One of the new concepts that has emerged from this and our prior publication (10) is that output neurons in M1 are functionally tuned. For example, output neurons that have monosynaptic connections with a set of motoneurons are preferentially active when the innervated muscle is used for a specific function (e.g., as an agonist). Other output neurons that influence the same muscle are preferentially active for different functions (e.g., when the muscle is used as a synergist, fixator, or antagonist). The present results add to this concept by demonstrating a unique set of output neurons that are specifically active to suppress the activity of their target muscle when that muscle would oppose movement onset. These neurons provide a critical tool for generating dexterous movements. They enable control of decreases in muscle activity with high spatiotemporal precision. Just as a sculptor reveals the “angel in the marble” by carving away the superfluous stone (29), neurons that produce postspike suppression can “remove” excitation to sculpt the peaks and valleys of muscle activity with the precision necessary for dexterity. There are examples where we and others (30, 31) have failed to discover a fit between the pattern of postspike effects and the relationship between cell and target muscle activity. At this point, it is unclear whether this failure is because no fit exists or because the functional significance of a fit is not as readily apparent.

MATERIALS AND METHODS

All experimental procedures were conducted according to National Institutes of Health and the U.S. Department of Health and Human Services guidelines as reported in the Association for Assessment and Accreditation of Laboratory Animal Care and the Guide for the Care and Use of Laboratory Animals. All procedures were approved by the appropriate institutional animal care and use committees. We trained a 17-year-old, wild-type, purpose-bred, male rhesus macaque (Macaca mulatta) to perform step-tracking wrist movements for fluid reward (32). During task performance, the monkey sat in a primate chair with his elbow bent at a 90° angle and his forearm supported. The monkey gripped the handle of a lightweight, low-friction manipulandum with his right hand. The manipulandum rotated freely along the axes of flexion-extension and radial-ulnar deviation. Two rotational potentiometers detected movements of the manipulandum. A computer digitized the potentiometer signals at 1 kHz. The manipulandum position was represented as a small circular “cursor” on a computer screen in front of the animal. To initiate a trial, the monkey rotated the handle of the manipulandum to place the cursor into an open circle located in the center of the screen (“center target”). After successful completion of an initial hold period (0.8 to 1.2 s), a second target appeared at one of eight peripheral locations on the screen. Each peripheral target was evenly spaced at 45° intervals around the center target. The monkey was required to hold the cursor in the center target for another 1 to 1.8 s (“hold center target”). Then, this target disappeared as the “go” cue for the animal to move the cursor into the peripheral target. Movement from the center target to each of the eight peripheral targets required a 20° change in wrist angle. For initial training purposes, if the cursor was placed in the peripheral target in less than 500 ms, the animal was given a fluid reward. Eventually, the monkey was trained to move much faster (120 to 375 ms; median, 152 ms). This sequence of events was repeated for movements from a peripheral target (“target hold”) back to the center target. Peripheral targets were presented in a pseudorandom fashion. The internal diameter of the center and peripheral targets was limited to 5° of wrist movement. The monkey was trained on this task for more than 15 years.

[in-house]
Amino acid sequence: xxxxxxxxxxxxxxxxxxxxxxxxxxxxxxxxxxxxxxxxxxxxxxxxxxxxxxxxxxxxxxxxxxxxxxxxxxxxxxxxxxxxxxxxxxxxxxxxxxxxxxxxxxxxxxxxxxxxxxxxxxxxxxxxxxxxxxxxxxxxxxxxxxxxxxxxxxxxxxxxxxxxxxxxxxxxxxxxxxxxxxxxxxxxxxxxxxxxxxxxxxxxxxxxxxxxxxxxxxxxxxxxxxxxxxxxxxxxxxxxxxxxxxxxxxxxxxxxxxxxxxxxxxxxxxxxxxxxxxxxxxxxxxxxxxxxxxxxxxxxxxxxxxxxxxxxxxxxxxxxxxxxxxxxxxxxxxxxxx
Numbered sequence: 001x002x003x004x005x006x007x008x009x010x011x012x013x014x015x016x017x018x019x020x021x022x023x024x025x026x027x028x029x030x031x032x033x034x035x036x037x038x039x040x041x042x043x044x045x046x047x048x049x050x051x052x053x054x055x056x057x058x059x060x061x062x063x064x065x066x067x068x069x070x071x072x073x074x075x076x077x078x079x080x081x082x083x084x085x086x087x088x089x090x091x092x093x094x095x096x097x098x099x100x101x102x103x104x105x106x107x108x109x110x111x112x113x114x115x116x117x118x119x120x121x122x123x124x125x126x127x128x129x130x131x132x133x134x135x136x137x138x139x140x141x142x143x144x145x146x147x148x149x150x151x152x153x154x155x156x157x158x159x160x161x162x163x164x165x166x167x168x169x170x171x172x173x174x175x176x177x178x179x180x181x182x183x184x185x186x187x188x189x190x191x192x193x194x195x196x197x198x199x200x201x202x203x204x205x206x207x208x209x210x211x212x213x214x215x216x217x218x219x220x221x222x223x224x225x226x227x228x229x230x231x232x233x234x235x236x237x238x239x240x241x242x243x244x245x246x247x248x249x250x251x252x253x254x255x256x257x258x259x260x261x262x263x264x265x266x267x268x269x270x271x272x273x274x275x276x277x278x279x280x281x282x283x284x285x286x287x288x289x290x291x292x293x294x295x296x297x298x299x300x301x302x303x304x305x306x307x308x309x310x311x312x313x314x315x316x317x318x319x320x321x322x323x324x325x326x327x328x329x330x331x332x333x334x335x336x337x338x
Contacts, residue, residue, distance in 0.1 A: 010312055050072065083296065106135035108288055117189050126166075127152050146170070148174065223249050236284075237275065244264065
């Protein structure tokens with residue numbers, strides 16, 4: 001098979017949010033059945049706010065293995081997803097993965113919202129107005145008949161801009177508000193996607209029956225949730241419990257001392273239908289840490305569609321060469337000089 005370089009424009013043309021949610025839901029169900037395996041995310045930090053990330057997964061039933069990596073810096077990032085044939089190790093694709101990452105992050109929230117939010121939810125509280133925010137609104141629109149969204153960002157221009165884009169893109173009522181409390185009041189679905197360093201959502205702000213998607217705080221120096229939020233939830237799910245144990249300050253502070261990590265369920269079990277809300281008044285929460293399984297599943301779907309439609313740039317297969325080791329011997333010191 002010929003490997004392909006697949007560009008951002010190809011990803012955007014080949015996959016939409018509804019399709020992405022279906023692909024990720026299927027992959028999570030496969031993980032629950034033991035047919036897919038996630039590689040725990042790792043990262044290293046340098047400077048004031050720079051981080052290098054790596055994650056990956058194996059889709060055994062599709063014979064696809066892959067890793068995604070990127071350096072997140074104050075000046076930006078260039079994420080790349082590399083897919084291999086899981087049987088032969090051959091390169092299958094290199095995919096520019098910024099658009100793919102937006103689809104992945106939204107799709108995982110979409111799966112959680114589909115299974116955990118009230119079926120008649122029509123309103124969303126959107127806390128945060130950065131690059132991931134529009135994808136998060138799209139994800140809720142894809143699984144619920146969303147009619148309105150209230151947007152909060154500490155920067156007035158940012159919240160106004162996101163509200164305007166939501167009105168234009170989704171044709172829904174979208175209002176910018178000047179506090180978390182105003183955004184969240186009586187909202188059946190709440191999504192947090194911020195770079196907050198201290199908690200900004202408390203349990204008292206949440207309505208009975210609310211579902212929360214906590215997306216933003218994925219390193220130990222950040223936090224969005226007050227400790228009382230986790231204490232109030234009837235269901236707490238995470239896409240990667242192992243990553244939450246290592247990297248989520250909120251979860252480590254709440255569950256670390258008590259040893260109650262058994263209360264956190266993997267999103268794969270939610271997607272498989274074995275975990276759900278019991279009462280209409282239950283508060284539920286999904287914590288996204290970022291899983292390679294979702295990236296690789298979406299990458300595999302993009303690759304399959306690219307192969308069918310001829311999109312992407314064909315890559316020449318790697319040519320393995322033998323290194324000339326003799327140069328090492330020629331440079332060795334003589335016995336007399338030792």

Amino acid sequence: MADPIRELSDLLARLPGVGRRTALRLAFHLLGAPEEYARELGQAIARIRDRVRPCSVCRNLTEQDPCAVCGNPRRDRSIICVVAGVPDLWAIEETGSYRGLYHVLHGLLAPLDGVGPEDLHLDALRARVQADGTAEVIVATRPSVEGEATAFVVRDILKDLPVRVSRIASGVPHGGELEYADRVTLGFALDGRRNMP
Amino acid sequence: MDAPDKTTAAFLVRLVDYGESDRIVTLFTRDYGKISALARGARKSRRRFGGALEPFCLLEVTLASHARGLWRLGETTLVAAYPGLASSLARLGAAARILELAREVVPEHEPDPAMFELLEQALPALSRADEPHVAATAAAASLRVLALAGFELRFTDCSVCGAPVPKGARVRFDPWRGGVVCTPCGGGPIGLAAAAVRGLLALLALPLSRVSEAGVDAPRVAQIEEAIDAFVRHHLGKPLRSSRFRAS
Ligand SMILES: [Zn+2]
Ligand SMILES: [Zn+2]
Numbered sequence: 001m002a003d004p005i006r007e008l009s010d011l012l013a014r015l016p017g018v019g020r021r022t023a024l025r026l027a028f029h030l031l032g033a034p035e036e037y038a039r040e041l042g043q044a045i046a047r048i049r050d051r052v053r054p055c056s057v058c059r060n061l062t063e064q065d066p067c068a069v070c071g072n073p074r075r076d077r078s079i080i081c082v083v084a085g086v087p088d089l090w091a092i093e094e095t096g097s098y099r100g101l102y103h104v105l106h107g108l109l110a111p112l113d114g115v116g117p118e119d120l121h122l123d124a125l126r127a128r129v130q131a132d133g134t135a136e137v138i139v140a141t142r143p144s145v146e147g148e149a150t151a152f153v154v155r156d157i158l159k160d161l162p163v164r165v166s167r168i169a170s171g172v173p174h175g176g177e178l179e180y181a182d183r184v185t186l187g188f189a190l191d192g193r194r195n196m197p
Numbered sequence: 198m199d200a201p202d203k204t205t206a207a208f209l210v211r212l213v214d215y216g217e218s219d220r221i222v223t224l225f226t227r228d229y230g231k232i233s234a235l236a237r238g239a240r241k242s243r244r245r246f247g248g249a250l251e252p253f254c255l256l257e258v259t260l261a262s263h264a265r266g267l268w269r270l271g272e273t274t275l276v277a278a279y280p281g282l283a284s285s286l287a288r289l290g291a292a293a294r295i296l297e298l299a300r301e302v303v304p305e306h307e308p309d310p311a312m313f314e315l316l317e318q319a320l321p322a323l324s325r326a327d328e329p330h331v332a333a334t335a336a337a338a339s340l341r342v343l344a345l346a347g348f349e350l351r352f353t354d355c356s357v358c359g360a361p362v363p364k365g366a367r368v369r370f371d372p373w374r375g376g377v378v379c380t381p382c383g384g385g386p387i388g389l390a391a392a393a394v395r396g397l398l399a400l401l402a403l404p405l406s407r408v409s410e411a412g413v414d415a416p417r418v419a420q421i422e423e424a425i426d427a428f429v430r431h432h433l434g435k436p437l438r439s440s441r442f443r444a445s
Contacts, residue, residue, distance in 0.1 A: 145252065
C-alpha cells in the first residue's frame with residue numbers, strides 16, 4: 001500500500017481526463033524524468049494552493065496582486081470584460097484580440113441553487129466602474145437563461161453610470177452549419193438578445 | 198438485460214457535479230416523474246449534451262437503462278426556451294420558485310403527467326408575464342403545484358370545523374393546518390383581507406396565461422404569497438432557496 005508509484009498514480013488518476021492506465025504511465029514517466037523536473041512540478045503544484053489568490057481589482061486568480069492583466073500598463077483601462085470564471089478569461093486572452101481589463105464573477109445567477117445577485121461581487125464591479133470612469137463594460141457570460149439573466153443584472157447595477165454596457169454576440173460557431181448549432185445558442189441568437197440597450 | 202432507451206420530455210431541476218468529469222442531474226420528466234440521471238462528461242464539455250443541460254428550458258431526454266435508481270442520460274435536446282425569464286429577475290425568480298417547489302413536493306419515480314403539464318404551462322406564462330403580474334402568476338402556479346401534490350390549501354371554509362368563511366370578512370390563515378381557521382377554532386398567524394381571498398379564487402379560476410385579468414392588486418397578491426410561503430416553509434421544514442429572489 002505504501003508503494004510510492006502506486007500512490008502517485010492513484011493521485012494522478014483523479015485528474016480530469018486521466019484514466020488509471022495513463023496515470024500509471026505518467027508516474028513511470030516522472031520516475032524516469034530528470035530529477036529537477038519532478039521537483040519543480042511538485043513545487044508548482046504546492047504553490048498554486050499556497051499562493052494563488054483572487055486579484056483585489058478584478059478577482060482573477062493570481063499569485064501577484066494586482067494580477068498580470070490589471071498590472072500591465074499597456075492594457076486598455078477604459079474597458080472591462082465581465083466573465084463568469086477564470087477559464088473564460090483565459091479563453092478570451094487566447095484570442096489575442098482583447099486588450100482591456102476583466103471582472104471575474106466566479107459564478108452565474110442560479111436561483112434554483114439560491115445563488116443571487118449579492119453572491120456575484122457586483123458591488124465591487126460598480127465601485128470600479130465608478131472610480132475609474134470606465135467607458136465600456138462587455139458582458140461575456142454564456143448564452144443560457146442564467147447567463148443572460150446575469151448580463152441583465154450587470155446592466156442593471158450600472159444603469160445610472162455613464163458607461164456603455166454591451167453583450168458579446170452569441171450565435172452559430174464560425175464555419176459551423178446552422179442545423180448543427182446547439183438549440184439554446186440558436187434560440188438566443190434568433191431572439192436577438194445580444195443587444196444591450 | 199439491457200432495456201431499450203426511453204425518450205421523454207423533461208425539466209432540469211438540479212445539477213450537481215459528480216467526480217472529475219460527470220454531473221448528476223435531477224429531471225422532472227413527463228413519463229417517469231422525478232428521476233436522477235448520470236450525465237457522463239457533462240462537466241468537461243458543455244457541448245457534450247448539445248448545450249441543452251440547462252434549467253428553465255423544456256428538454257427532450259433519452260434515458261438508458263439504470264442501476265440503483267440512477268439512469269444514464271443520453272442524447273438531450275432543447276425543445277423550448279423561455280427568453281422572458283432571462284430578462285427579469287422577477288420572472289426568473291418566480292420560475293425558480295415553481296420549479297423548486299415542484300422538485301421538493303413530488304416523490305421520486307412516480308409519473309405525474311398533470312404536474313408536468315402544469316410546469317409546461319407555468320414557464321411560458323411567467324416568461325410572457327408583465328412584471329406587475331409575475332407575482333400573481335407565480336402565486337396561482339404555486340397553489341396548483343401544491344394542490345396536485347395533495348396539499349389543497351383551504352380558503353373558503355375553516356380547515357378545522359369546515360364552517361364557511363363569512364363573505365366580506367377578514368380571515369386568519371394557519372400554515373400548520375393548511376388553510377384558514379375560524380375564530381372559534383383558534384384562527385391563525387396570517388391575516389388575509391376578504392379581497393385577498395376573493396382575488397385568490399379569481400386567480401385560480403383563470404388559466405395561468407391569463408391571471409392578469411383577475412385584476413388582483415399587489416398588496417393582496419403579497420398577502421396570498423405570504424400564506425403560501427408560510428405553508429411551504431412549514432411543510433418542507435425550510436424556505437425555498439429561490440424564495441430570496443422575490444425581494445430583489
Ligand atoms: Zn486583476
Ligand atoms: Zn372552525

All surgical procedures were performed in an aseptic environment with the animal under isoflurane anesthesia. In the first surgery, we installed a recording chamber over the hand area of M1 and implanted a device for stabilizing the animal’s head during recording sessions. In a later surgery, we implanted EMG electrodes into 13 forearm muscles. Each pair of EMG wires was tunneled subcutaneously to the muscle belly from a connector, which was embedded in acrylic near the recording chamber. We stimulated through the implanted electrodes to confirm the location of the wires at the time of implantation and at regular intervals during neuron recording sessions. Initially, we recorded from the following 13 muscles for a period of 4 months: extensor carpi radialis brevis (ECRB), extensor carpi radialis longus (ECRL), extensor digitorum communis (EDC), extensor digiti quarti and quinti proprius (ED45), extensor carpi ulnaris (ECU), extensor digiti secondi and tertii proprius (ED23), abductor pollicis longus (APL), flexor carpi radialis (FCR), pronator teres (PT), flexor digitorum profundus (FDP), flexor digitorum sublimis (FDS), flexor carpi ulnaris (FCU), and palmaris longus (PL). Then, recordings in FDS were lost, and we recorded from the remaining set of 12 muscles for another 12 months. Last, the electrodes in PT migrated to brachioradialis, and we recorded from this set of 12 muscles for 15 months.